Adventure can be another word for braving the elements, but that doesn’t have to stop journaling/note-taking and other writerly pursuits. A few tips for when the precipitation falls:

1) Think Pencil. As a cub reporter, I once returned to the office with a notebook full of runny inky mush after covering a crime scene in the rain. A few weeks later, I was stuck again – this time with a frozen pen at a sub-zero fire. An elder statesman of the copy desk offered an assist – use a pencil. It’s true. They don’t run, they don’t smear, and mechanical ones don’t have to be sharpened. They’re also way cheaper than those so-called waterproof pens. $1.00 at the grocery store or $15 online plus shipping – you be the judge. This is a great tip for campers, skiers and anyone who journals or takes notes in less-than-perfect weather.

2) Waterproof notebooks. They come in sizes from “shirt pocket” to “large spiral”. The smaller ones won’t get too far as a journal, but work great for jotting notes on the fly. They are also relatively inexpensive, all but the largest typically between $3 and $10 each. Look for the yellow covers. You can find them here, or at outdoor stories like EMS or REI. The covers differ slightly – look for the “Rite In the Rain” paper logo on the cover, inside, or in the product description.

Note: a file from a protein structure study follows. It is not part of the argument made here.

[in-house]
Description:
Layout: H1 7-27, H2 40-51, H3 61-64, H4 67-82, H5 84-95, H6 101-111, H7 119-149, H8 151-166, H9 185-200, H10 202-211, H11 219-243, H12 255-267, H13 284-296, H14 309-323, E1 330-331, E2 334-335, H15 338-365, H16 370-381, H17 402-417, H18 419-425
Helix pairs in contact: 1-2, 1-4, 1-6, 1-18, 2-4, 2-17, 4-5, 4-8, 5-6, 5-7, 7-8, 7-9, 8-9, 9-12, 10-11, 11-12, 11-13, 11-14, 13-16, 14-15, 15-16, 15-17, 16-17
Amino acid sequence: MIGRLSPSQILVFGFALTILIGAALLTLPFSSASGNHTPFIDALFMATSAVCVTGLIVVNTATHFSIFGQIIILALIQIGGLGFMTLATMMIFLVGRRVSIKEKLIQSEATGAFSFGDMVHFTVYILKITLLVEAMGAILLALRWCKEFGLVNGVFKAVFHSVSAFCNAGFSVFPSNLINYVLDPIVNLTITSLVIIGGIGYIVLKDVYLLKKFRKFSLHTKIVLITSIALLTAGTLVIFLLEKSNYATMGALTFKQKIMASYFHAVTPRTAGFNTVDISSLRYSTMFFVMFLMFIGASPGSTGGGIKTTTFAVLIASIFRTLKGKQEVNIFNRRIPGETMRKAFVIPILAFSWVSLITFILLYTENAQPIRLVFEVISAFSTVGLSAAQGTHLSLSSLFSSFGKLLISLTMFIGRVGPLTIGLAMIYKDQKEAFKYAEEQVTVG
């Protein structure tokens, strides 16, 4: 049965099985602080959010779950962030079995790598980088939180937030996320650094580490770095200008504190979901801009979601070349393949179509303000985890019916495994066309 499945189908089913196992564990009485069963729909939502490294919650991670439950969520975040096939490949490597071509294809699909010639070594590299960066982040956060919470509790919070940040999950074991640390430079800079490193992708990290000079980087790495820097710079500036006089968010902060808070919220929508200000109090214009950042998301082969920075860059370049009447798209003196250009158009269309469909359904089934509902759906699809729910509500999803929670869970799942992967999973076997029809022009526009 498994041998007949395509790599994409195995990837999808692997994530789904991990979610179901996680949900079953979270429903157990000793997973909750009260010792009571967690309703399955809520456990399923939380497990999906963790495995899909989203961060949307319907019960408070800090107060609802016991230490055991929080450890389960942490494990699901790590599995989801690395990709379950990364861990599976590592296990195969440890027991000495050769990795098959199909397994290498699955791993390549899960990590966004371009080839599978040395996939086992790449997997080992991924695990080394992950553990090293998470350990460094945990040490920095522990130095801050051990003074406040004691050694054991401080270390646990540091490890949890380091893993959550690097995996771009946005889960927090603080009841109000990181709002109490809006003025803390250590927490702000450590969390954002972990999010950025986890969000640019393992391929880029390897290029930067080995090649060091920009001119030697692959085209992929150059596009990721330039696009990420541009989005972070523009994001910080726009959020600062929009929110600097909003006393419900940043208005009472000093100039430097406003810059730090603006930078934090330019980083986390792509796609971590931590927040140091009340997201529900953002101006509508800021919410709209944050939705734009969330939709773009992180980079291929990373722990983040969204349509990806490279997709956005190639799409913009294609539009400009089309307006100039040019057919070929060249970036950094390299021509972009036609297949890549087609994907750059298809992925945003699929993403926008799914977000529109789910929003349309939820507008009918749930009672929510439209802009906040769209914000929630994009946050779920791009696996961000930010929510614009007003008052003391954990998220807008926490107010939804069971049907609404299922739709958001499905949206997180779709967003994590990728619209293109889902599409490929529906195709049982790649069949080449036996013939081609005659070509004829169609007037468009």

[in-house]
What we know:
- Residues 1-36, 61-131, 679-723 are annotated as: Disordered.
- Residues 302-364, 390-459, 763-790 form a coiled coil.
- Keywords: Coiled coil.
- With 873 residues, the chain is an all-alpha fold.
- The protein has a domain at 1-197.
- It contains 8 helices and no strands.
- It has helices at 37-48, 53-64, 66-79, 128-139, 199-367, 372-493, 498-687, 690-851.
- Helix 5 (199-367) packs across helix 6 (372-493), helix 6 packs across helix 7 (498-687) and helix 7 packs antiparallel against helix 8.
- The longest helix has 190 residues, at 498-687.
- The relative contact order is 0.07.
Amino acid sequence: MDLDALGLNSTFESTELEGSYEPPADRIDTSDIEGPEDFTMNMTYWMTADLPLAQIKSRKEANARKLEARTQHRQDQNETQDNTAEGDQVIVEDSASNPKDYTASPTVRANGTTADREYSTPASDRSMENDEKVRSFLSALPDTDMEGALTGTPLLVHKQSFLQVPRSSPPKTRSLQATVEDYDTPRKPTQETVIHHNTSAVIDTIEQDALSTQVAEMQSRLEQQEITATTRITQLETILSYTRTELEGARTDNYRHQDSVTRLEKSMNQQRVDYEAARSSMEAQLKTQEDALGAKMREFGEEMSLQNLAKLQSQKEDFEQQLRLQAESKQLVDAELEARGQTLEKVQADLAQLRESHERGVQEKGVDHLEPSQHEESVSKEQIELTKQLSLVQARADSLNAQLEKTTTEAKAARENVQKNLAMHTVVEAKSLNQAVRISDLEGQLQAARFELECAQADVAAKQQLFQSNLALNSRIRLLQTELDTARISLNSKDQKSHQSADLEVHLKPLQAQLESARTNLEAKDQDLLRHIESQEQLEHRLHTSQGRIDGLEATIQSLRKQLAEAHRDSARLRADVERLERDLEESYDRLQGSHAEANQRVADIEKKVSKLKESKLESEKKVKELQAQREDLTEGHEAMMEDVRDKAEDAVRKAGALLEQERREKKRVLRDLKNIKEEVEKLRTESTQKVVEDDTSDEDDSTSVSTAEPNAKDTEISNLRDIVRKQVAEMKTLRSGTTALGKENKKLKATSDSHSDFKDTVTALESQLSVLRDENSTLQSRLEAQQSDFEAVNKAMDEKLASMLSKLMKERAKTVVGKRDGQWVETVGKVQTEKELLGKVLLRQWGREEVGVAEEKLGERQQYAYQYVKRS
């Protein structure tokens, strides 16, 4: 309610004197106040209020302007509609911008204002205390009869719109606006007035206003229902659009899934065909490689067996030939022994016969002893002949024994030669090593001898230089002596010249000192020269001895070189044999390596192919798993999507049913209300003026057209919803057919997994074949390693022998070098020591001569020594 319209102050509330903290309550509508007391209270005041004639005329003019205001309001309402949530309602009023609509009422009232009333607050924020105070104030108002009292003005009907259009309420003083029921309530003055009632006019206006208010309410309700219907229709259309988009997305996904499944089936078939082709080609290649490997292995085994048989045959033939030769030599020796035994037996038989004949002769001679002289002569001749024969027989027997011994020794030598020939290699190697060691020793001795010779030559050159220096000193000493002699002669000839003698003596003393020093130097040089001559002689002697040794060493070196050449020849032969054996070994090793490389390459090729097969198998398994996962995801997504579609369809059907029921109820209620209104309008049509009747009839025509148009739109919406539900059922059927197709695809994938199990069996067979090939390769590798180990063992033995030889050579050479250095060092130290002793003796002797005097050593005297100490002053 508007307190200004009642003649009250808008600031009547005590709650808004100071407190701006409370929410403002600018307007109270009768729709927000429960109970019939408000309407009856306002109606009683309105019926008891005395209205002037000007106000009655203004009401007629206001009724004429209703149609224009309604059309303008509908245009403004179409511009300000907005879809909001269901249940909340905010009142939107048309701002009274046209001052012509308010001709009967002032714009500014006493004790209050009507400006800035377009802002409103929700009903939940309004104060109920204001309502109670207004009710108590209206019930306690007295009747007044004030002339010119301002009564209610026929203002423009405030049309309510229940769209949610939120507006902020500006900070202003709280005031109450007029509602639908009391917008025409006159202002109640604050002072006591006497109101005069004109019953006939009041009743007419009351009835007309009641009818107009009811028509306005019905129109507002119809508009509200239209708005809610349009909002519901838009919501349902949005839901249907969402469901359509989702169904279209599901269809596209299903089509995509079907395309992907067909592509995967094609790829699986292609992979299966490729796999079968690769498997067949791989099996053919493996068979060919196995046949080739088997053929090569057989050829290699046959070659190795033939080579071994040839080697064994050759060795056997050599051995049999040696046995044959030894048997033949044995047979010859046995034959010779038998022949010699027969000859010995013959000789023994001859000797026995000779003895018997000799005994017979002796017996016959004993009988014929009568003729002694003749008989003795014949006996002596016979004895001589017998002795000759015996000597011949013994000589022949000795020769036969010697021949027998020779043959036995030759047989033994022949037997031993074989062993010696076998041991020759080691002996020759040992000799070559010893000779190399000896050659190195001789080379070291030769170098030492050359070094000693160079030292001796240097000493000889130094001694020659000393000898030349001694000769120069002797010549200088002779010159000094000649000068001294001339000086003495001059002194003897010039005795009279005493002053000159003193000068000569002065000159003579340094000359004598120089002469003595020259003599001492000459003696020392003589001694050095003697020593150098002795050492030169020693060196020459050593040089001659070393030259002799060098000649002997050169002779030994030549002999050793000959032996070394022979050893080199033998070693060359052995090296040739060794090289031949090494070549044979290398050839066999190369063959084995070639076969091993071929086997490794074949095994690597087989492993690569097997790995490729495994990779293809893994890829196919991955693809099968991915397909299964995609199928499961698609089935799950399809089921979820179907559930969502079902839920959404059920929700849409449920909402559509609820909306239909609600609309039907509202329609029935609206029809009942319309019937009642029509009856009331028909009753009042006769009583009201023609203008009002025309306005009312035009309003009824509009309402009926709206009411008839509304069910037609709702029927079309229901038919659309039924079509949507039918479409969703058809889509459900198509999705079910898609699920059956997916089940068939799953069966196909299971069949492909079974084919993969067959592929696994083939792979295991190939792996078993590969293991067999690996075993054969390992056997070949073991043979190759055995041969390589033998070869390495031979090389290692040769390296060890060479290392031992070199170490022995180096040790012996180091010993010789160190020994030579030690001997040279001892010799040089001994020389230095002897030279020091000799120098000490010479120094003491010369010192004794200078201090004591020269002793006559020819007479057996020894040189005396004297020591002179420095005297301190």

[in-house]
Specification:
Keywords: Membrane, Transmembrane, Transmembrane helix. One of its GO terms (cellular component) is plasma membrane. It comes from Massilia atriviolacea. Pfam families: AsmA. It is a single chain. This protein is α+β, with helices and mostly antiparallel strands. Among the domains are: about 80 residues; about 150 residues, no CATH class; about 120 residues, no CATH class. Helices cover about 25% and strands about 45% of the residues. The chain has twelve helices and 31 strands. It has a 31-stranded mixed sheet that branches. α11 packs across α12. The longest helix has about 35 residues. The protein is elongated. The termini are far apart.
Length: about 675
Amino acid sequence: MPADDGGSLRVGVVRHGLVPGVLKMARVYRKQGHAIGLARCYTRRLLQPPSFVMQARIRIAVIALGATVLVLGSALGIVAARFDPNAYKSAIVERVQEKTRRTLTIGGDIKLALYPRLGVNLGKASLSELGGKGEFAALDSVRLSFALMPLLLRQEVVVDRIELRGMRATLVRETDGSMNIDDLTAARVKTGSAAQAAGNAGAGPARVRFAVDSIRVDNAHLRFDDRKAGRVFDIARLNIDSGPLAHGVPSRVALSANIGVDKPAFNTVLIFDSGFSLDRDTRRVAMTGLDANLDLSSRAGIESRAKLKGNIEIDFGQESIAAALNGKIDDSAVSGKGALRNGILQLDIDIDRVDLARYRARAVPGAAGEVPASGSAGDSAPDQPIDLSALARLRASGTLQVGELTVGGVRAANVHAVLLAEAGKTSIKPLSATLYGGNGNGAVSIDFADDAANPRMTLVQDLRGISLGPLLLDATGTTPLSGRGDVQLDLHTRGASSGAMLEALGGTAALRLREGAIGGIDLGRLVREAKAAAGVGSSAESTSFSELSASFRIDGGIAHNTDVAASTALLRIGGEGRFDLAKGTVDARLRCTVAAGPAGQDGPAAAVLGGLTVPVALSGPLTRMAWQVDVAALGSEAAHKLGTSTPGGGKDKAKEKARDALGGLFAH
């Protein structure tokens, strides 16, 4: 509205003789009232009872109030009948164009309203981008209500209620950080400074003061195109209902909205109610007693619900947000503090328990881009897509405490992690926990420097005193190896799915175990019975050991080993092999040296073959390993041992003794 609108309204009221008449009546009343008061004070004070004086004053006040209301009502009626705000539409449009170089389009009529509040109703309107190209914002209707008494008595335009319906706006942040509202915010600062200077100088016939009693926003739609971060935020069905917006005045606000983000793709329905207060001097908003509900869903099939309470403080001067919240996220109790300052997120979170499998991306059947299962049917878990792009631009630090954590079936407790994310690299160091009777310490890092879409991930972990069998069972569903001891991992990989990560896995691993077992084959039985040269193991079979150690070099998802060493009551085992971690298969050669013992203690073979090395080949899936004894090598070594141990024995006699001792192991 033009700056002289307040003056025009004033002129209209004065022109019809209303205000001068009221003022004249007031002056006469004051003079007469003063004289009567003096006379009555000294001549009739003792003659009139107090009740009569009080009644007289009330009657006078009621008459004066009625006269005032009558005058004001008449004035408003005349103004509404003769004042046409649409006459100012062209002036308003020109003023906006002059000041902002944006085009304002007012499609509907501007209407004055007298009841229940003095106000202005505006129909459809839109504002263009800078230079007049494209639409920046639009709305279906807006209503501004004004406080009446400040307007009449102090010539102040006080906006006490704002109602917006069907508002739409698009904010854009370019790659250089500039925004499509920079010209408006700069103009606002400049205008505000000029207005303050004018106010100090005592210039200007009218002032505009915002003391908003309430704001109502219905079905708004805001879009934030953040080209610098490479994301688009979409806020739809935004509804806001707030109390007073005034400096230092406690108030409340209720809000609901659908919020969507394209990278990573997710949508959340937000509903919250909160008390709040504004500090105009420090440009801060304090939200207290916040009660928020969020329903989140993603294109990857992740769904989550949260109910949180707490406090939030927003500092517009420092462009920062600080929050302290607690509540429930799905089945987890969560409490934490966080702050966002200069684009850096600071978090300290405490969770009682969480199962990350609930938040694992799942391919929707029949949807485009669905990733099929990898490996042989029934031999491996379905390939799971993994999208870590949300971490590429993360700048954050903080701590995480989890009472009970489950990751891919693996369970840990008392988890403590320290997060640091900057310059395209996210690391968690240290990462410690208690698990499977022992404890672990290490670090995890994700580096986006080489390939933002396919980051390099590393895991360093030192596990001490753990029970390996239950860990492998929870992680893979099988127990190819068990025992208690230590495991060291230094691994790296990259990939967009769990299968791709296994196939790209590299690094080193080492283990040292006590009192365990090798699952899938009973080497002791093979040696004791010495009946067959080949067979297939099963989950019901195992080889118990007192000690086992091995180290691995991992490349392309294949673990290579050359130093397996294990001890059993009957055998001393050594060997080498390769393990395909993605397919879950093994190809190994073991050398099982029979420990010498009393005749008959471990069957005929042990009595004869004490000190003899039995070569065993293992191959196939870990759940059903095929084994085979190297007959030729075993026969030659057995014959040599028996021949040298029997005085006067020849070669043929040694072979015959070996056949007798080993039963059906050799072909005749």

3) Kayak Bags: Not Just for Boaters. A few years back I wanted something to keep my camera dry for a few days in the Ecuadorian rainforest. Professional waterproof gear cost serious dollars. Then I stumbled upon kayak bags. The bags are seriously waterproof. The opening rolls down and cinches with a clasp to close – no spontaneous unzipping here. They also come in different sizes. An X-Small fit my SLR body, two lenses, film, even a pen and pencil and a reporter’s notebook. Mine is thick, clear plastic. Lighter-weight versions don’t come clear, but definitely save a few ounces. They cost a bit more, though. Warning: Don’t buy the so-called waterproof bags with zip closures like sandwich bags. They’re glorified Ziplock. Cheap, but you get what you pay for.